(webpagewords.com)

(webpagewords.com)

America and Britain are said to be two countries separated by a common language. Ironic, right? Although we both technically speak the same language, there are so many alternative spellings, terms and whole words all together that we are sometimes left trying to bridge the cultural and language divide.

If you're spending time in either country, here's a list of some helpful alternative vocab to help you communicate more clearly.

British vs. American

Food and Drink:
Jam...............Jelly

Jelly...............Jello

Mince ...........Ground meat/ hamburger

Crisps ..........Potato chips

Chips...........French Fries

Biscuit.........Cookie

Pudding.......Dessert

Rocket.........Arugula

Courgette....Zucchini

Capsicum....Pepper

Coriander....Cilantro

Gherkin.......Pickle

Hob.............Stove, stovetop

Serviette.....Napkin

Clothing:

Frock..........Dress

Jumper.......Sweater

Vest...........Undershirt

Waistcoat....Vest

Trainers....Sneakers, tennis shoes, gym shoes

Trousers....Pants

Pants.........Underwear

Around Town:

Chemist's..Pharmacy, drug store

Flat...........Apartment

Queue......Line

Cashpoint machine....ATM

First floor.....The lift always starts on the ground floor and goes up to the first floor then the second floor.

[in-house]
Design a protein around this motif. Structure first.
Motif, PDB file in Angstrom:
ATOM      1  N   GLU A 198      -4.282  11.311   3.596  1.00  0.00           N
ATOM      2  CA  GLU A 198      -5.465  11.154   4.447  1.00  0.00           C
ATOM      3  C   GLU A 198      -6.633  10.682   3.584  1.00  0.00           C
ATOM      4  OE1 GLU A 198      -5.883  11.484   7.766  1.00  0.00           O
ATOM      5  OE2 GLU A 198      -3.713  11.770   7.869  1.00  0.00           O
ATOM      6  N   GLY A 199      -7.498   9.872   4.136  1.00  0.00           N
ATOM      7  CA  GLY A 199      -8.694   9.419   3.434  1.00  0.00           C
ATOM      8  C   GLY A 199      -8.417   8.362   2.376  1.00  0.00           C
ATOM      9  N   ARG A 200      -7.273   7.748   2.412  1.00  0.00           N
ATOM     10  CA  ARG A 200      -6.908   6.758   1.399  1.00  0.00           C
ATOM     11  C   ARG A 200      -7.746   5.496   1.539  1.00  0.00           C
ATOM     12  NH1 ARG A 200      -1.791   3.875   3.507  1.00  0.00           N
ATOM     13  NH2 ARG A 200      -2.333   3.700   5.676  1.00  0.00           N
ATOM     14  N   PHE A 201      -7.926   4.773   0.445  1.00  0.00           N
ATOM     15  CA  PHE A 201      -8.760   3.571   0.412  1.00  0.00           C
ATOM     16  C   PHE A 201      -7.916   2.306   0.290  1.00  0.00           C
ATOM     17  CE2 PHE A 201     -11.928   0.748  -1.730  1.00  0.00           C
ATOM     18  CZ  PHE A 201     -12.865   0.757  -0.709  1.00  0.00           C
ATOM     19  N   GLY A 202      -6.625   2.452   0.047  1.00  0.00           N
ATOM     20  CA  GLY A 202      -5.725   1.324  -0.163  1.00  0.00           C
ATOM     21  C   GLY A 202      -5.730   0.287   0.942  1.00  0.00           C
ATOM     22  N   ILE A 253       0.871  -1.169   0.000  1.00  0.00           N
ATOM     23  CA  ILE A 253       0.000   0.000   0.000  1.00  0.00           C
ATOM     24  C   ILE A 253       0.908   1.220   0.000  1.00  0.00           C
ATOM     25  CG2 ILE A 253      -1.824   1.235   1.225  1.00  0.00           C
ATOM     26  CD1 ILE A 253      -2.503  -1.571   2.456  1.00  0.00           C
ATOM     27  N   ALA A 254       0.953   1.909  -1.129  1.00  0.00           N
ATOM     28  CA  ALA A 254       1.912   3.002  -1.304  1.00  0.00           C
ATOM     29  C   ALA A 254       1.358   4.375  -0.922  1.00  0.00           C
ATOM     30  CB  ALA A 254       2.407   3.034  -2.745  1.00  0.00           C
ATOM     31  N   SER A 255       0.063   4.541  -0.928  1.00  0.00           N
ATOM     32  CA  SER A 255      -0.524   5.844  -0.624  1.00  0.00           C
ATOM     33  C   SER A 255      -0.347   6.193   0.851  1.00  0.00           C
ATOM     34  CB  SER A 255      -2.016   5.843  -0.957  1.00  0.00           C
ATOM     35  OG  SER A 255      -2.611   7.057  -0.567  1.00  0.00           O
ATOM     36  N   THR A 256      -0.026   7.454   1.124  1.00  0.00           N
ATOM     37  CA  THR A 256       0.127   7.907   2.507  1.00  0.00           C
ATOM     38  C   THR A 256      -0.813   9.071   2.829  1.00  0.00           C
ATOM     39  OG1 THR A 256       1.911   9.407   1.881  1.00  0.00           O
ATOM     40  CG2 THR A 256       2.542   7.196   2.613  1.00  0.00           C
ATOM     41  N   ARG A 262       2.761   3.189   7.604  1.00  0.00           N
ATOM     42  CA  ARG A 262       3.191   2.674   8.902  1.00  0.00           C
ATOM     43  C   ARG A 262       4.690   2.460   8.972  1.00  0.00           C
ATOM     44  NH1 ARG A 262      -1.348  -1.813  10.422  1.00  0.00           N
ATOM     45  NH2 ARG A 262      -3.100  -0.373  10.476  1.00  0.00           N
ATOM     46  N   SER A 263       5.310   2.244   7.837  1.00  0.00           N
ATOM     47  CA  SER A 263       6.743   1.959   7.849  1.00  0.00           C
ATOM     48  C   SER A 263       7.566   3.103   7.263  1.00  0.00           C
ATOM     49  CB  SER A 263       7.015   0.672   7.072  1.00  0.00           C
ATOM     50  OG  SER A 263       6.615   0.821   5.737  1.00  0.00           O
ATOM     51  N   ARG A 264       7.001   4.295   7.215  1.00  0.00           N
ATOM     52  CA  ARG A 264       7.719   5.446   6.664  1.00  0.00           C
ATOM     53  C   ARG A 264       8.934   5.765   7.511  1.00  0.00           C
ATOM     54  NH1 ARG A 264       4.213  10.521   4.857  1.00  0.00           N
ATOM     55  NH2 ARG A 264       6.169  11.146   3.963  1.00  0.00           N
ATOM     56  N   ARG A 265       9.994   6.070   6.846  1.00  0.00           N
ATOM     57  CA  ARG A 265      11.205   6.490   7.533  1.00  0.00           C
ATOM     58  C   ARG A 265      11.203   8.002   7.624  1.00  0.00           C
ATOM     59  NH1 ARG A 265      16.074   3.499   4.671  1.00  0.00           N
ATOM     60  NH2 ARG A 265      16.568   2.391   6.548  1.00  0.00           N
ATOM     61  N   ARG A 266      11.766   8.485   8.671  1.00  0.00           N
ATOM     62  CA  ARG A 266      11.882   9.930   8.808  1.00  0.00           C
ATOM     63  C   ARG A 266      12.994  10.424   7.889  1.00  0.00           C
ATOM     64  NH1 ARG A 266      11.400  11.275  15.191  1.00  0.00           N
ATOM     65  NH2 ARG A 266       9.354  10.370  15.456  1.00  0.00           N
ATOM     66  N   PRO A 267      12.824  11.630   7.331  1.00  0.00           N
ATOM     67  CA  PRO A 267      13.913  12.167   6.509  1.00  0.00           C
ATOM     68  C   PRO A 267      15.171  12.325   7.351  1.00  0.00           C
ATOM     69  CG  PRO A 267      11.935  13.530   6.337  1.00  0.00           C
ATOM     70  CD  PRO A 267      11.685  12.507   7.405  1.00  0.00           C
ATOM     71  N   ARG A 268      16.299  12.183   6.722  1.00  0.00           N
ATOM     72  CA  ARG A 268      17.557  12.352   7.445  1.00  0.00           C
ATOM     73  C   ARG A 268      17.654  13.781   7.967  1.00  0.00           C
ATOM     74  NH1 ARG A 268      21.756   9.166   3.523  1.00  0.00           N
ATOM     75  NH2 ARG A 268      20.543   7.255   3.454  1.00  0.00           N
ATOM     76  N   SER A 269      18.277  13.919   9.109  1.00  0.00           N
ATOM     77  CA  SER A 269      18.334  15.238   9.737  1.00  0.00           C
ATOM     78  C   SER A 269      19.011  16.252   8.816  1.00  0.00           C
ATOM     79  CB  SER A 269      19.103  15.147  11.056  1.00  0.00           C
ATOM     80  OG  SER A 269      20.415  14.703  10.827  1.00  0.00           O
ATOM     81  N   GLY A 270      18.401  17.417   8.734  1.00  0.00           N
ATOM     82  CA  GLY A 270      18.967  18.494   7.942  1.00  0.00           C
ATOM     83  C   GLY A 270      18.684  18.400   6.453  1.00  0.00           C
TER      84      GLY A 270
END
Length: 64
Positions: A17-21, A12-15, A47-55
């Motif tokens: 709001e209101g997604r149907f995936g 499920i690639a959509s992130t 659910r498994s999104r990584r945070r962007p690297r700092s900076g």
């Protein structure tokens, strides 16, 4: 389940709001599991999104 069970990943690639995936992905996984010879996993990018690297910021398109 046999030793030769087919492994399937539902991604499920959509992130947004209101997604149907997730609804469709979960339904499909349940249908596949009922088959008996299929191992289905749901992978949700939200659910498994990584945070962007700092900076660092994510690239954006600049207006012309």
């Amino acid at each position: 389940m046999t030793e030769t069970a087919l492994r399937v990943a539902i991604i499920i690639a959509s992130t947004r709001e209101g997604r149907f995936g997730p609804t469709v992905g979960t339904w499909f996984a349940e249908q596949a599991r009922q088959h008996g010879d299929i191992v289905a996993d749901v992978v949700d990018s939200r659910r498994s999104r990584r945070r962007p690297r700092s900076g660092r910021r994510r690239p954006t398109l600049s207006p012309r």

Mobile.....Cell phone

Note........Paper money

WC..........Short for water closet and means the loo, toilet or restroom.

Bathroom....Literally, the bath room. Does not have a toilet.

Bobby......Policeman.

Odds and Ends

Dodgy.....Tricky, chancy

Dummy....Pacifier (for a baby)

Football....Soccer (Brits call this American Football)

Full stop....Period (punctuation)

Rubber......Eraser (not condom!)

Torch.........Flashlight

Boot..........Trunk

Lorry.........Truck

Zebra Crossing....crosswalk, pedestrian crossing

Fortnight....Two weeks

Barrister.....Attorney

Anti-clockwise....Counter-clockwise

Elastoplast (plaster)....Band aids

Fag..........Cigarette

There are also a number of spelling differences between American English and British English words, the most common of which are:

Words ending in -or (American) -our (British) color, colour, humor, humour, flavor, flavour, etc.
Words ending in -ize (American) -ise (British) recognize, recognise, patronize, patronise, etc.

If you've got the slang down, but still can't figure out how far 3 kilometers is? http://metricconversioncharts.org/

Now, go forth and annoy all your friends for the day by talking with a bad accent whenever you answer your mobile!